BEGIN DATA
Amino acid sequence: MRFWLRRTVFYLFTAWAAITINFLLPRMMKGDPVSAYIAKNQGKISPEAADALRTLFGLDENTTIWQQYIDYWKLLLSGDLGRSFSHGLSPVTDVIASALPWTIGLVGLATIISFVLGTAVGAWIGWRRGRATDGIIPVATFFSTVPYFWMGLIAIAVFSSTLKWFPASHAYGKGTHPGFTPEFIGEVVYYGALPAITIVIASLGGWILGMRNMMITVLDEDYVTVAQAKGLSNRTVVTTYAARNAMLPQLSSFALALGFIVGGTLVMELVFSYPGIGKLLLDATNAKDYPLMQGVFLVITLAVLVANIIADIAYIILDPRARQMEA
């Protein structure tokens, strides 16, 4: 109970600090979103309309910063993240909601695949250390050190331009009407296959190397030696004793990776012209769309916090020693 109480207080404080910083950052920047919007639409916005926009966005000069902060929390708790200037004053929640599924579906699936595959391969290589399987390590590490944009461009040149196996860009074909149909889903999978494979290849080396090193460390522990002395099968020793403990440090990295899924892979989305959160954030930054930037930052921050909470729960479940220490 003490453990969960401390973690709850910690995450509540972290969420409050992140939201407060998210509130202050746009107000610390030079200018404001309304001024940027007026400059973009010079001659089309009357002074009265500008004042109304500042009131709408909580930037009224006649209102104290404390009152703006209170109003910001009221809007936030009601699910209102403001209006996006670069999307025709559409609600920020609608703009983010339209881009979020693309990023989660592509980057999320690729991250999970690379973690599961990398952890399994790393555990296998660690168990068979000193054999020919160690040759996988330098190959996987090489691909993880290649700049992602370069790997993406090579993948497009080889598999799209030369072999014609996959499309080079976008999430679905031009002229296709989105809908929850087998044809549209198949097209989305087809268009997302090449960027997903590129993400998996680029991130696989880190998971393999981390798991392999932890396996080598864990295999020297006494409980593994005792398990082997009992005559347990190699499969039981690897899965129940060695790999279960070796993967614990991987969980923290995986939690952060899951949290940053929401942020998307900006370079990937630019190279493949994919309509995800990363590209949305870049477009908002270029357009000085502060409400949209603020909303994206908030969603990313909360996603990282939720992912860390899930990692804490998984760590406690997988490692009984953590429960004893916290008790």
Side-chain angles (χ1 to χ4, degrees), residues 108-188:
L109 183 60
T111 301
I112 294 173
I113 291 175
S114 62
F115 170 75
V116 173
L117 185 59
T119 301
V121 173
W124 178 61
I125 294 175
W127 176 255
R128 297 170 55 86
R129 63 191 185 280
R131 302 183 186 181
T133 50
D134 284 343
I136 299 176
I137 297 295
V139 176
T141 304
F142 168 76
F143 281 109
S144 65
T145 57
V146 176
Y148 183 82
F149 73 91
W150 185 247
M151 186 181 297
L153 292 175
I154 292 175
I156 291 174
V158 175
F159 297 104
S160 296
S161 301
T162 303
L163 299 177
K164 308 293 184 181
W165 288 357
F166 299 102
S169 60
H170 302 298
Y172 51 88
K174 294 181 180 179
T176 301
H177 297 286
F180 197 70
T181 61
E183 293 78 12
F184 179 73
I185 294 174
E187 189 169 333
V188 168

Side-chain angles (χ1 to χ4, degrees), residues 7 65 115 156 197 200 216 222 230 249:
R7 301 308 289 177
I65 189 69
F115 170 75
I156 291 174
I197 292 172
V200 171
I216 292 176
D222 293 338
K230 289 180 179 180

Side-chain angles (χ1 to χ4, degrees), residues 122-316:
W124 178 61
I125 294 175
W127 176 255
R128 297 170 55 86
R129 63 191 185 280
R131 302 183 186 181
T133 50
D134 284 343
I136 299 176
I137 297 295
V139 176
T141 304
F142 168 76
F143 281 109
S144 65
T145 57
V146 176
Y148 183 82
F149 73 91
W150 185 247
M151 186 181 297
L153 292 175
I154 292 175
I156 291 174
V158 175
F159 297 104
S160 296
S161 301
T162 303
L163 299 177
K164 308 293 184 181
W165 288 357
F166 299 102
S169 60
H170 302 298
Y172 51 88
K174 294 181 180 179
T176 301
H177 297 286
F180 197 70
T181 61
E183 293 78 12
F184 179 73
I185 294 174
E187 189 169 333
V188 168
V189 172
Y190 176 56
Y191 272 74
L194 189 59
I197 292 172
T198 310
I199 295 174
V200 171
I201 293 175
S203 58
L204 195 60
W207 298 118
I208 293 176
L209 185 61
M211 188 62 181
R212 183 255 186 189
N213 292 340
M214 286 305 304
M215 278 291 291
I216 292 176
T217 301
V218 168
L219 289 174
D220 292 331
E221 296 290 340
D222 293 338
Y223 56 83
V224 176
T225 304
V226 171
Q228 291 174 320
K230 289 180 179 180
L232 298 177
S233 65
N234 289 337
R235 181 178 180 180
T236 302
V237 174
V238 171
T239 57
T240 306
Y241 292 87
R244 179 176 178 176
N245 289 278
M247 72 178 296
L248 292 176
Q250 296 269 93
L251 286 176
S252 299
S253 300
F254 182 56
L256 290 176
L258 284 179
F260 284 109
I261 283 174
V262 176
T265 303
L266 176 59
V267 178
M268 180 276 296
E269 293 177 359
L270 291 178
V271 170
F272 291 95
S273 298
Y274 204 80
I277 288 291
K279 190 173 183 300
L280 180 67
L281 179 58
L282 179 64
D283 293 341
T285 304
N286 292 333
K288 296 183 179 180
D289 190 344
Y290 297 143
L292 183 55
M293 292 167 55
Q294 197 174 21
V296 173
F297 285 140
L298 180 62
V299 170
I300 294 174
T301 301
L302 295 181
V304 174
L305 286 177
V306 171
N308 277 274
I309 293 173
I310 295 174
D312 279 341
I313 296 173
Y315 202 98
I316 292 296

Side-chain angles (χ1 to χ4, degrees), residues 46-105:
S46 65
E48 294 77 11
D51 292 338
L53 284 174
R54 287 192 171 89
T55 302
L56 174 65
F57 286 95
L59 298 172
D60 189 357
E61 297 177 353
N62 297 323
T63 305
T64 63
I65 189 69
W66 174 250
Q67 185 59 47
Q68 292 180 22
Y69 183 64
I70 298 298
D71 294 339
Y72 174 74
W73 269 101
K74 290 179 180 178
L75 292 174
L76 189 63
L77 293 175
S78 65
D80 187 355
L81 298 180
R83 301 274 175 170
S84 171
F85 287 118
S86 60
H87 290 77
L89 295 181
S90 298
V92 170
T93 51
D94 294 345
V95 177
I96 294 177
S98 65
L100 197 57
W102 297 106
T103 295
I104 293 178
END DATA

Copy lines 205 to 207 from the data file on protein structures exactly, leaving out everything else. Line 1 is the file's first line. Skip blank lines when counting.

L305 286 177
V306 171
N308 277 274